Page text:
Goodyear EMEA president Jean-Claude Kihn believes we are “on the verge of a revolution in mobility” and the new Eagle 360 speaks of Goodyear’s readiness and willingness to operate in this context
Spherical tyre boggles the mind, but raises serious questions too
Goodyear has done it again. For the last few years of exhibiting at the Geneva Motor Show, the company has been taking the idea of concept tyres more seriously than most (think of “battery charging, shape shifting tyres” last year and an SUV concept plus “chip in tyre” technology the year before. The goal is clearly to challenge received wisdom and raise questions about the future of tyres – taking a thought leadership role in the markets, but especially with OEMs. This year Goodyear put its Eagle 360 centre-stage in Geneva. Of course the spherical tyre is striking for its shape and the suggestion that it will move the vehicle of the future with a built maglev propulsion system, but what is perhaps even more interesting for the tyre industry is the questions this product raises about future tyre manufacturing, distribution and retail business models. Tyres & Accessories spoke with Goodyear EMEA president Jean-Claude Kihn in order to find out more.
Early on in our conversation Kihn declared his belief that we are “on the verge of a revolution in mobility”. He is, of course, talking about the widespread introduction of electric vehicles into the automotive sector and all that brings. We all know that electric cars are already on the roads, but what Goodyear, Kihn and the firm’s research and development teams are trying to communicate is that a largescale switch to electric vehicles necessarily precipitates a paradigm shift in the tyre market too.
The most obvious feature of the Eagle-360 is its spherical design. Goodyear says the Eagle-360’s shape could contribute to safety and manoeuvrability to match the demands of autonomous mobility. As the multi-orientation tyres would move in all directions, it would be able to reduce sliding from potential hazards such as black ice or sudden obstacles, contributing to greater passenger safety. The shape could also improve ride comfort, providing a smooth ride by creating a fluid, lateral movement. A car could move around an obstacle without changing its driving direction.
The downside with such a shape is that these spherical tyres simply must wear evenly to avoid an uncomfortable ride. But this is a subject the brains behind the project are already aware of. The initial idea is that the same sensors that empower the car and tyre to adapt to road conditions could also be used to alert the vehicle of uneven wear and turn the tyre on its own axis and therefore ensure even wear.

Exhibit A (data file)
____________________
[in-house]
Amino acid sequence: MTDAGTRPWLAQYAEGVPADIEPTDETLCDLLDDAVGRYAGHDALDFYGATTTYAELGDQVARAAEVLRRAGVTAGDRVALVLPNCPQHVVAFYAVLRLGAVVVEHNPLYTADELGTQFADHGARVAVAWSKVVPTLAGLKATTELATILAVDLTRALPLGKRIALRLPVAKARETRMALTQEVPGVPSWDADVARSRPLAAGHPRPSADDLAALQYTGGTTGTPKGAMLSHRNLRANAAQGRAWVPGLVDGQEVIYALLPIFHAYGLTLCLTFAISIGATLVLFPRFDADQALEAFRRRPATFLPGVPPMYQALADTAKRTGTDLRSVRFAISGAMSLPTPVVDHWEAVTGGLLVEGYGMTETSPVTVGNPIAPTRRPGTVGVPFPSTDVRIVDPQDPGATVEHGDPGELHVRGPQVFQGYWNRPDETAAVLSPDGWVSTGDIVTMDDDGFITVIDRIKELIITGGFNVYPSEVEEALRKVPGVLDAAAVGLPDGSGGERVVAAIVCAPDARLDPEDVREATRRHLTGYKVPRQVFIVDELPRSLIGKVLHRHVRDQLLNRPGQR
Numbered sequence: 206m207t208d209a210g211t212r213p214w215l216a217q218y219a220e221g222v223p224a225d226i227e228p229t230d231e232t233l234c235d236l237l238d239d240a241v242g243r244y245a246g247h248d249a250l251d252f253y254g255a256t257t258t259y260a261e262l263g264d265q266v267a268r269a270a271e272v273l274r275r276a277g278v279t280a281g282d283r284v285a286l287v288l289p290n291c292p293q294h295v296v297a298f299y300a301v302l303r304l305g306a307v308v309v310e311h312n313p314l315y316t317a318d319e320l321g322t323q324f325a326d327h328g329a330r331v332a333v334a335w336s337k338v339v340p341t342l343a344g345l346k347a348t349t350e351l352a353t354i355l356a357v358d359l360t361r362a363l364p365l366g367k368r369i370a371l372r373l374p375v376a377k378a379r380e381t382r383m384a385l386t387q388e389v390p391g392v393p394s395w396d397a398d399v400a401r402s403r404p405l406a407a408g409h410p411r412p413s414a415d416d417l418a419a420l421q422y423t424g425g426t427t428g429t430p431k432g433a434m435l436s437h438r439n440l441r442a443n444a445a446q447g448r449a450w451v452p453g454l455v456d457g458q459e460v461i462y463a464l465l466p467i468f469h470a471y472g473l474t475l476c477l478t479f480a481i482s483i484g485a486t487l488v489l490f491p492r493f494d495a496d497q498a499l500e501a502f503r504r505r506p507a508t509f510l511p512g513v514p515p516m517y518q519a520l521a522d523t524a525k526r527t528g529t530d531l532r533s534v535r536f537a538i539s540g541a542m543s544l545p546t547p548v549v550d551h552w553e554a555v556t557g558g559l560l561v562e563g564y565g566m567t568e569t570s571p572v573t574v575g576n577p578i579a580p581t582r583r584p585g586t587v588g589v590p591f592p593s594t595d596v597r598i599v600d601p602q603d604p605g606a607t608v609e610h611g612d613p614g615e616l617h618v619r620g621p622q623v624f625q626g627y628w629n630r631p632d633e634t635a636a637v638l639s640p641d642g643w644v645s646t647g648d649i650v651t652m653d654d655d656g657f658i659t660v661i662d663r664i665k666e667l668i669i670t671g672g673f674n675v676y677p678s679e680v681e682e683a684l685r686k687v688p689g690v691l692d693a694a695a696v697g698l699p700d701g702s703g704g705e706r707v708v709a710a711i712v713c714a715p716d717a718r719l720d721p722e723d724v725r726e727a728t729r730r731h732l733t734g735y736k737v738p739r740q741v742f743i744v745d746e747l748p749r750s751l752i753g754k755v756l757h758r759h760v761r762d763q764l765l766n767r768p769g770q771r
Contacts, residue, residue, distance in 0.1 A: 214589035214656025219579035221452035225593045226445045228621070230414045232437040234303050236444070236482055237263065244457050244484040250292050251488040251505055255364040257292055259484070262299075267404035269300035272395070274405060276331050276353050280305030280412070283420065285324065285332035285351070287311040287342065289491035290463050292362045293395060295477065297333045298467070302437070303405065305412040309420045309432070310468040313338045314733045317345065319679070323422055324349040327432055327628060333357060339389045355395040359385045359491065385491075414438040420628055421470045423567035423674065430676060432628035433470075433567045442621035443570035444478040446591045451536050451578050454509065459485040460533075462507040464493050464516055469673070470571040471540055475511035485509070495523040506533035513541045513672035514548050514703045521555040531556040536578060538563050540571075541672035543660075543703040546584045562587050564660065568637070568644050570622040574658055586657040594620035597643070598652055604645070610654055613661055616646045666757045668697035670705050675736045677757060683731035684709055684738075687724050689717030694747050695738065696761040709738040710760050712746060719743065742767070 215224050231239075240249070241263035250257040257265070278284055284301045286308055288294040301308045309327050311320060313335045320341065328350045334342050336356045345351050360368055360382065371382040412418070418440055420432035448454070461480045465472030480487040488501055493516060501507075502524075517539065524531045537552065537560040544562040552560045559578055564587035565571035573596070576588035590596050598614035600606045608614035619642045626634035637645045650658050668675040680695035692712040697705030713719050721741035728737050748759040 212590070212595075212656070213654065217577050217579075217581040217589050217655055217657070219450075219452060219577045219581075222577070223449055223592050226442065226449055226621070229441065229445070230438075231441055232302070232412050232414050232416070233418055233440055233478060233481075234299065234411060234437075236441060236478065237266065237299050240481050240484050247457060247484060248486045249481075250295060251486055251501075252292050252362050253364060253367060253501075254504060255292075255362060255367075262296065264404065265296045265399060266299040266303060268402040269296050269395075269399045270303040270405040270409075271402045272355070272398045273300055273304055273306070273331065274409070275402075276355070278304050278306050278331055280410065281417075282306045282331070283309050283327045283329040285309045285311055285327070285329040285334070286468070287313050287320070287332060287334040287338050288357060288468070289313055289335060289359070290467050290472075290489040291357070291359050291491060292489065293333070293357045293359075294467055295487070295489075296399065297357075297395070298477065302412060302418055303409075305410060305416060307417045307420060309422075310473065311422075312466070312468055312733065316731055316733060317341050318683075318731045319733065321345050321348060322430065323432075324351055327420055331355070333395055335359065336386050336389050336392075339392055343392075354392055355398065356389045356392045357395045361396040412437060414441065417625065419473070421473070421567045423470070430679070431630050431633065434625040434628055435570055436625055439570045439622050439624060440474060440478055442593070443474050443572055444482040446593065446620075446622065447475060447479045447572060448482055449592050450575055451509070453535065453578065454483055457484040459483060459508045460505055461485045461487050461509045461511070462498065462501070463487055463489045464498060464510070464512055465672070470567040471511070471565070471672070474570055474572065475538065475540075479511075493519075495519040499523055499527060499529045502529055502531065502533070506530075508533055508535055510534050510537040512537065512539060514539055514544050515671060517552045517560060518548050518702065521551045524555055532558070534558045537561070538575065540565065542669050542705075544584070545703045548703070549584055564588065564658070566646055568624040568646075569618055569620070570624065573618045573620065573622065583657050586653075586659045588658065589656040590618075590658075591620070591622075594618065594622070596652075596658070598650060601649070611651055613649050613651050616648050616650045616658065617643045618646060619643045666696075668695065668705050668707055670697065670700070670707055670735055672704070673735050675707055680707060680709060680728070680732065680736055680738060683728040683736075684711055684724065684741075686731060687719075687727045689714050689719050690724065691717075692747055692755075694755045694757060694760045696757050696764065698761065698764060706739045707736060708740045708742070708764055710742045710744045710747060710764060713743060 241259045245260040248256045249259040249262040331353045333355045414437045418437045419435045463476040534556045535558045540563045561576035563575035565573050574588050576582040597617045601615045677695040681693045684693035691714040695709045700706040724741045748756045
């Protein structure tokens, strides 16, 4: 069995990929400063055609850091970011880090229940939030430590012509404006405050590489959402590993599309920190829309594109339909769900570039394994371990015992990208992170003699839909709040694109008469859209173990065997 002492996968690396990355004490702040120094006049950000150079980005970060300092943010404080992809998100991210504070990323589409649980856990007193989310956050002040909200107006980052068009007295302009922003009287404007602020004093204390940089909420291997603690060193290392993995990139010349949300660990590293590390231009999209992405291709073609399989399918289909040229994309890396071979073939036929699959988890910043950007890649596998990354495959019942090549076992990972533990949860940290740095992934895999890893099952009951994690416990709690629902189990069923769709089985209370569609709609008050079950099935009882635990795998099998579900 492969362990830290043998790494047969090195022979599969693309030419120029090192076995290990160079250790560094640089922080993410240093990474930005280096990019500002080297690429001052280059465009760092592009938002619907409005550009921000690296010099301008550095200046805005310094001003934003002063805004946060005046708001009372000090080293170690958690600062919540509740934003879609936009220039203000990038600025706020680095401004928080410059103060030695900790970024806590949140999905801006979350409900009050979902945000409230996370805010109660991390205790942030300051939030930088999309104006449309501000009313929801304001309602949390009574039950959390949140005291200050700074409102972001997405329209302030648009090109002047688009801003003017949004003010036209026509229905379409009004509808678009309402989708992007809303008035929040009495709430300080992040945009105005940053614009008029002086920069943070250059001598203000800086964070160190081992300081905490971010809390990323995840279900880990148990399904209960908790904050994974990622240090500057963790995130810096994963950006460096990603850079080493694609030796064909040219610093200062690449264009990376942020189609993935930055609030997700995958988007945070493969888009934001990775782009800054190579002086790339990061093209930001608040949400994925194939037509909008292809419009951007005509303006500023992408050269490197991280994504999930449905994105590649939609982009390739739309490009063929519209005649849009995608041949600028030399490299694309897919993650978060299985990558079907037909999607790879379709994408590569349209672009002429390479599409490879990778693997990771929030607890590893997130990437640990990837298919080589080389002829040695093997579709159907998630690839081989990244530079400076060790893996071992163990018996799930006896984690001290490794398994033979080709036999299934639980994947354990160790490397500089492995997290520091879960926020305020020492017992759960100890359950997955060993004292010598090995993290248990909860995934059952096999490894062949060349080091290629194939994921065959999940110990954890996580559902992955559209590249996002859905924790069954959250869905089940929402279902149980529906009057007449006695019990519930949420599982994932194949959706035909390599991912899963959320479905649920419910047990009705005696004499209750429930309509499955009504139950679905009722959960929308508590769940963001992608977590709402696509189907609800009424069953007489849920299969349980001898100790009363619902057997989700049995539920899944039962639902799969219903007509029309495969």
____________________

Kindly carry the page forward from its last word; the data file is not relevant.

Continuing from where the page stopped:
The spherical design also means the product enables the EVs of the future to turn 360 degrees on the spot or in sharp 90 degree chunks. Both could help motorists tackle anticipated parking constrictions. One by-product of this is that less space will be needed to park and therefore entire car parks could fit into smaller areas than is currently practical. Alternatively, the concept’s approach could increase the capacity of public parking areas without increasing their size.
The Eagle-360 also has some surprises in its construction, where it has been designed to imitate nature. Biomimicry is, the tyre manufacturer states, a principle Goodyear often uses in its designs. The tread mimics the pattern of brain coral, with multidirectional blocks and grooves producing a safe contact patch. The groove bottom has the same elements as a natural sponge, which stiffens when dry yet softens when wet to deliver adequate driving performance and aquaplaning resistance. In short, the tread is quite literally adaptive, but without any mechanic that can fail or require service. This sponge-like texture is also designed to absorb water on the road and ejects water from the tyre footprint through centrifugal force to reduce the risk of aquaplaning.
Moving down from the tread towards the core of the product, the tyre is non-pneumatic. Instead the Eagle 360 is filled with specially designed fill that offers similar properties to air, but without the need to maintain inflation. The fact that there is no air also allows space and physical capacity for the sphere’s internal motors. It also allows the vehicle to bear its own weight when not in operation.
Put cars that can literally turn on a sixpence together with all the self-parking and self-driving technologies that we already have and you have a car that can park itself without human assistance in smaller spaces than any of us would want to.
One of the more science-fiction inspired elements of the Eagle-360 comes with its connection to the car. According to the concept, the new tyre would be suspended from the car by magnetic fields, similar to magnetic levitation trains, which would therefore increase passenger comfort and reduce noise.
Of course, this makes things like thrust vectoring – which is already available on electric competition cars – available to the masses, but also a lot more. The concept of fusing all this with the on-board sensors and processing of the future takes it all to the next level.